For example, a research program that the F.D.A. allowed to provide telemedicine consultations and send pills by mail reported that 95 percent of the 1,157 abortions that occurred through the program between May 2016 and September 2020 were completed without requiring any follow-up procedure. Patients made 70 visits to emergency rooms or urgent care centers, with 10 instances of serious complications, the study reported.
In 2020, medical groups filed a lawsuit asking that the in-person dispensing requirement be lifted because the pandemic meant that patients faced greater risk of being infected with the coronavirus if they needed to visit clinics to obtain abortion pills. A judge granted the request that summer, but, after a challenge by the Trump administration, the Supreme Court reinstated the restriction.
In March, medical organizations tried again, writing to President Biden and Vice President Harris. In April, the F.D.A. decided not to enforce the in-person requirement for the duration of the pandemic, allowing pills to be mailed. The new F.D.A. decision makes the suspension permanent.
The experience since April suggests that more women will seek medication abortion if they do not have to visit a provider for the pills. Abortion on Demand, which formed this spring as one of several organizations that operate websites to arrange telemedicine consultations and to mail pills, has seen steadily increasing interest, said Leah Coplon, Abortion on Demand’s director of clinical operations.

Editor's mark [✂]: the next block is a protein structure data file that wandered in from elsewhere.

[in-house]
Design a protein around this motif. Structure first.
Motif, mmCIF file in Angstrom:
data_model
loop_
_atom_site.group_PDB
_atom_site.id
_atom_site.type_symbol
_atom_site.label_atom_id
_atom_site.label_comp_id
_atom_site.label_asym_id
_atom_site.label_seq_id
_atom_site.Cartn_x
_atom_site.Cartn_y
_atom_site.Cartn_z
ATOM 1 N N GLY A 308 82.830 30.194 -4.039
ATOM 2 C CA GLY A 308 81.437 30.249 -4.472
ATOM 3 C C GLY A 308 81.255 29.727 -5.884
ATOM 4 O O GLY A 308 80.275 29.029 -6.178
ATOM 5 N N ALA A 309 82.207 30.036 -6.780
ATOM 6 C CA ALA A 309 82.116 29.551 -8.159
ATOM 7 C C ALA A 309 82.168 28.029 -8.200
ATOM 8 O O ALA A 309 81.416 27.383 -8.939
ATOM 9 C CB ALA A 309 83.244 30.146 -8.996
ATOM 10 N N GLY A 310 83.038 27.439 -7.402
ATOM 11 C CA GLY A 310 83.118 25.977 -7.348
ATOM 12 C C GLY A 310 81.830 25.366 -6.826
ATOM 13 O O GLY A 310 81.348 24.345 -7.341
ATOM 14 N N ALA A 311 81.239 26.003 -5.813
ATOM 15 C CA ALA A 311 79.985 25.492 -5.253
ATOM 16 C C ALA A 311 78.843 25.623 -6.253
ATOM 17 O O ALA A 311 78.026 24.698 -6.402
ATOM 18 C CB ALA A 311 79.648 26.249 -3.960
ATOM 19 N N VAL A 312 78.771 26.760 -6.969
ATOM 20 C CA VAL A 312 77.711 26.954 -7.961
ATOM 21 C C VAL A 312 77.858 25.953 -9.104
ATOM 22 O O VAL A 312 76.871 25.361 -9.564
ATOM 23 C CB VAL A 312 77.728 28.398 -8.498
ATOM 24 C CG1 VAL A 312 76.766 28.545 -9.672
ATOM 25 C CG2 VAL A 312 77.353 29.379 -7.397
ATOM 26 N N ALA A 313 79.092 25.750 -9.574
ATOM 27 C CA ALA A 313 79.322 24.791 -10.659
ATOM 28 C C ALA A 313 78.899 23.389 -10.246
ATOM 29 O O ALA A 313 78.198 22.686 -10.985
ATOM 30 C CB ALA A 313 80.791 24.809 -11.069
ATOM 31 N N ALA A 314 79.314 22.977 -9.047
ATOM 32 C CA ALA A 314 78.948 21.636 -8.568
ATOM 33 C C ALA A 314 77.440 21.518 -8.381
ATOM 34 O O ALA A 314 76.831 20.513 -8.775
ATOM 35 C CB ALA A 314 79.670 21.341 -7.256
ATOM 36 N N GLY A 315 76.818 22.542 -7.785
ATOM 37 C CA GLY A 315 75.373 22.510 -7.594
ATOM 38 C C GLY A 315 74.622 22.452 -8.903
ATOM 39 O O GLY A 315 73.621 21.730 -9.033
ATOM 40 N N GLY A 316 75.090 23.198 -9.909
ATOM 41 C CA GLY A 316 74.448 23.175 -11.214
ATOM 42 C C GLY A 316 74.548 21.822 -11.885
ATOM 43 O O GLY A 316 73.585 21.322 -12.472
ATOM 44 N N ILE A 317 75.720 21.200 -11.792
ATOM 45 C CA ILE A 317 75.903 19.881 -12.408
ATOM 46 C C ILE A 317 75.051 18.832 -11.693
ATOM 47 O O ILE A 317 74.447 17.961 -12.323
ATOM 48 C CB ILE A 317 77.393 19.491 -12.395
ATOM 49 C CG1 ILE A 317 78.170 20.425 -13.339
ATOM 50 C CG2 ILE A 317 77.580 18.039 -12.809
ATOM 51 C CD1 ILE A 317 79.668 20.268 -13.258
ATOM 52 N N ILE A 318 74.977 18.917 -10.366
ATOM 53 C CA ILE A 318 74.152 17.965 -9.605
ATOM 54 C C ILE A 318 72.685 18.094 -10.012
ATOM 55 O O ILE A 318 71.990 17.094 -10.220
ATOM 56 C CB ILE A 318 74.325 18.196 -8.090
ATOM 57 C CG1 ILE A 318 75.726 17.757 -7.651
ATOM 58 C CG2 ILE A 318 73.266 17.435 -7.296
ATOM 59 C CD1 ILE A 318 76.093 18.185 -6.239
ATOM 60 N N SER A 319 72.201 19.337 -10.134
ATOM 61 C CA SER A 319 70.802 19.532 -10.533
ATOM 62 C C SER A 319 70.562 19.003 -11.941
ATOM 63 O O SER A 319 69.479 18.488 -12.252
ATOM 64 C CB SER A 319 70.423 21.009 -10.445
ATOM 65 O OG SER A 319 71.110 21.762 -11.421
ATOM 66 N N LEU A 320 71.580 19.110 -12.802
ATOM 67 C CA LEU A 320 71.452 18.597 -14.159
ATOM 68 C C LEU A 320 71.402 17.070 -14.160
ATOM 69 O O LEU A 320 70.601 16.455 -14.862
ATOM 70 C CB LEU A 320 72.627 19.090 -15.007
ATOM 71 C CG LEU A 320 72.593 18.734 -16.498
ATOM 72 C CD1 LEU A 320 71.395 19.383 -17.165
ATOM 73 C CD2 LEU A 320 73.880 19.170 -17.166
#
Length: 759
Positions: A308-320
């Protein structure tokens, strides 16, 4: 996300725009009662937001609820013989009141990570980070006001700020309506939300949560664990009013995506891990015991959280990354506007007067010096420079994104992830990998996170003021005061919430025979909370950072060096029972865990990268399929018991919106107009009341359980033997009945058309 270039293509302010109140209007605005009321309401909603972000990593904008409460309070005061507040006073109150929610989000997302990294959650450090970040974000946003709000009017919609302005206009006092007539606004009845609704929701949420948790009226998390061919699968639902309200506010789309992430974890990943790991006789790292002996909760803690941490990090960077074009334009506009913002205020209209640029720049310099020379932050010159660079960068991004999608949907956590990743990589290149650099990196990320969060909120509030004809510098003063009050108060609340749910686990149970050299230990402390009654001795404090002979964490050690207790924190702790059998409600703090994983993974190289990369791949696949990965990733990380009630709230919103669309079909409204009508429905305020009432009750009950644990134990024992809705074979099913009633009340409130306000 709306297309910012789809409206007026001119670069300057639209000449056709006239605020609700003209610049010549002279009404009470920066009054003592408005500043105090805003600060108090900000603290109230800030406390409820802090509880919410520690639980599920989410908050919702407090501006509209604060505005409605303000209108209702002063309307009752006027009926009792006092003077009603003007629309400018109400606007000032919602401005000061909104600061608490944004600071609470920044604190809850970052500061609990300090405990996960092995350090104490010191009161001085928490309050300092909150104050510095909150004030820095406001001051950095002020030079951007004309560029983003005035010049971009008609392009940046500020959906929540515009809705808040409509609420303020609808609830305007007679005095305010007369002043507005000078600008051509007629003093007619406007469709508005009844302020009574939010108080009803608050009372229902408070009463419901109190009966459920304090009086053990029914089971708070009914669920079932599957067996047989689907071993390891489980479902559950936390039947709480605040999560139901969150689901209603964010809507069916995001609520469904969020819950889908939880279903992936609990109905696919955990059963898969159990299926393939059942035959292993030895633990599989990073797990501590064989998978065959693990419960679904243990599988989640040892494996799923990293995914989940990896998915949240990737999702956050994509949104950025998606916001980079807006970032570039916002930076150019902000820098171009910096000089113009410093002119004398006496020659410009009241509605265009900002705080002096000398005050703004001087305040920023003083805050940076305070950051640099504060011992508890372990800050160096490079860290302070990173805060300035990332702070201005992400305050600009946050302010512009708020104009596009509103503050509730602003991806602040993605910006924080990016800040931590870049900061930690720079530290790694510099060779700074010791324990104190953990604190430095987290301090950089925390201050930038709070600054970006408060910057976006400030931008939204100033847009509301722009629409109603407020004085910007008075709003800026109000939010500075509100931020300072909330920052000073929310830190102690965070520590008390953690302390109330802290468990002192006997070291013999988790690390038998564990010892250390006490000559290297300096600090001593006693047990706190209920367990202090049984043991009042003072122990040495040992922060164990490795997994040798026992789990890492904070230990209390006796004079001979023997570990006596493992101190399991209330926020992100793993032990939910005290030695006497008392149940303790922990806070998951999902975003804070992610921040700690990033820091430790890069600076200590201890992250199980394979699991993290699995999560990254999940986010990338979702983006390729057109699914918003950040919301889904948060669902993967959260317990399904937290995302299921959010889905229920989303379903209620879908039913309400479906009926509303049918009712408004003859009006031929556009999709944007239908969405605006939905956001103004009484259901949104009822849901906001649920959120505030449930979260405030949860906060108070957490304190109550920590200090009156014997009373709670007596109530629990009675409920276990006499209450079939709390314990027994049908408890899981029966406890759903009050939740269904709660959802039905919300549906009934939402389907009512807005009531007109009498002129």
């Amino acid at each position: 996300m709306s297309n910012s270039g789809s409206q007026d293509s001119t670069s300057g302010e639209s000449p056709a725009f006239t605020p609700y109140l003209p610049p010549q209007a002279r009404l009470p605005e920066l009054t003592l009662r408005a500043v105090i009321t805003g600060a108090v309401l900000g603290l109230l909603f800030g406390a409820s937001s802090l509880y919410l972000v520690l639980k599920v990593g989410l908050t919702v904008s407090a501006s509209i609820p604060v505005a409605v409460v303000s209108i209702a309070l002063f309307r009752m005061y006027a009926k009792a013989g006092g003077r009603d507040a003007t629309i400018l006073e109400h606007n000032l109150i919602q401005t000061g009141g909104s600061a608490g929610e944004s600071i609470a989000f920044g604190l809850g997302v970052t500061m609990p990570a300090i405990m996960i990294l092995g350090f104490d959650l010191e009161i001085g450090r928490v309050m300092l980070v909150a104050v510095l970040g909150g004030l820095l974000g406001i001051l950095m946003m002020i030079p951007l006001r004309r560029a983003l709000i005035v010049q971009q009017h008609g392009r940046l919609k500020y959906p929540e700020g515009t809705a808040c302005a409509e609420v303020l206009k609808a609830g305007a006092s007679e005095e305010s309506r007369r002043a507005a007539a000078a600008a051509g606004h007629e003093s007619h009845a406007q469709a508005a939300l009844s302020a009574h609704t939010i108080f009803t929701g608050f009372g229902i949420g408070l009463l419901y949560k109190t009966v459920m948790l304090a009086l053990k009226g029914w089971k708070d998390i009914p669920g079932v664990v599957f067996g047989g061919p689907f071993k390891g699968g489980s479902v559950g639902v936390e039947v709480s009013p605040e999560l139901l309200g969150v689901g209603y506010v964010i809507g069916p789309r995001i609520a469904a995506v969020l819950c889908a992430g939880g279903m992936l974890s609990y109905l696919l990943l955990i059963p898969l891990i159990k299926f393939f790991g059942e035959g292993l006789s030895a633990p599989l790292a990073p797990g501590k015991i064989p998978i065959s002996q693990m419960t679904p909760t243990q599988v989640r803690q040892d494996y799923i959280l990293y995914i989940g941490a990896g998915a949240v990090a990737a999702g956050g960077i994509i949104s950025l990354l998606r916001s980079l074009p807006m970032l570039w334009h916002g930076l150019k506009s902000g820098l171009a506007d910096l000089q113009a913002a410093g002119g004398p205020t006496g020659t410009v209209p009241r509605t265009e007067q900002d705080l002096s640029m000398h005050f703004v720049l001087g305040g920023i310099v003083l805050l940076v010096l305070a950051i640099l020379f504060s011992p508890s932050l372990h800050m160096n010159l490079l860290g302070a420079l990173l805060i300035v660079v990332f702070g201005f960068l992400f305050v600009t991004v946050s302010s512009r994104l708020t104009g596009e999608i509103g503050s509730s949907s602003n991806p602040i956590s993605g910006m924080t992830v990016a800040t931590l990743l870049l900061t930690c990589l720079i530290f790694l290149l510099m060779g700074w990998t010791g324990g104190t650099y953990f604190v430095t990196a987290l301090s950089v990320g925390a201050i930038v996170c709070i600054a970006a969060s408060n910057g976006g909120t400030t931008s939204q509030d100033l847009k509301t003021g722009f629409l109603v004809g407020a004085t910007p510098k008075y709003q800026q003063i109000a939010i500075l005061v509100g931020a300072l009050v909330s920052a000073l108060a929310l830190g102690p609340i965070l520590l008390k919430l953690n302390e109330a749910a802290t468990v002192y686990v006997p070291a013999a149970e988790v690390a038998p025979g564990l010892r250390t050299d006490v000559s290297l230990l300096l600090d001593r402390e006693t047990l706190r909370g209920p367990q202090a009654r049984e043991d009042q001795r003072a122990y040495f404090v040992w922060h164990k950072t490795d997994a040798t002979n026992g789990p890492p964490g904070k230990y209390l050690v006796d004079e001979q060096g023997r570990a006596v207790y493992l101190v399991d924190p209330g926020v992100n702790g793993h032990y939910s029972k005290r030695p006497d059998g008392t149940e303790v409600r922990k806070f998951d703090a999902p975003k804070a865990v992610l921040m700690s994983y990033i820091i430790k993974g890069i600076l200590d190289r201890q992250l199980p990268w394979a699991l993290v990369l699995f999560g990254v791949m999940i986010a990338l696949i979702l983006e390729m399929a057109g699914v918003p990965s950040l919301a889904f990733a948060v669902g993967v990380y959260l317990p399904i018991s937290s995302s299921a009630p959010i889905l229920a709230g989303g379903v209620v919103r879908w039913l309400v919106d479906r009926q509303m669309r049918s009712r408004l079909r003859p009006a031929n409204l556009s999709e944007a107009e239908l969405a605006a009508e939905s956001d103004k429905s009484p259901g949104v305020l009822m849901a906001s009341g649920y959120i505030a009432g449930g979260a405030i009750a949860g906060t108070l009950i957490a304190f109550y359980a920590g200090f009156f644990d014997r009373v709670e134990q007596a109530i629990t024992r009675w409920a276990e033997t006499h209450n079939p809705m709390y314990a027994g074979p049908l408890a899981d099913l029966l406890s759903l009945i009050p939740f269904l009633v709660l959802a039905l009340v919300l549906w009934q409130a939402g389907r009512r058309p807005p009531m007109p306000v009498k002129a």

The TelAbortion Project, the research program authorized by the F.D.A. to conduct telemedicine appointments and mail pills, also heard from more women, said Elizabeth Raymond, senior medical associate at Gynuity Health Projects, which runs the program. She said that of 2,083 abortions provided under the program between July 2016 and October 2021, more than a third — 715 — occurred during the pandemic.
Kirsten Moore, director of the Expanding Medication Abortion Access Project, said abortion rights supporters had hoped that the F.D.A. would also lift the other two restrictions related to mifepristone, especially the requirement that providers be certified, because it means that women won’t necessarily be able to get the pills from their regular doctor or clinic.
Still, Ms. Moore said she hoped that the increased availability of medication abortion would help open up appointments for women who need surgical abortions by creating “more room in the abortion ecosystem for patients who need to get into a clinic.”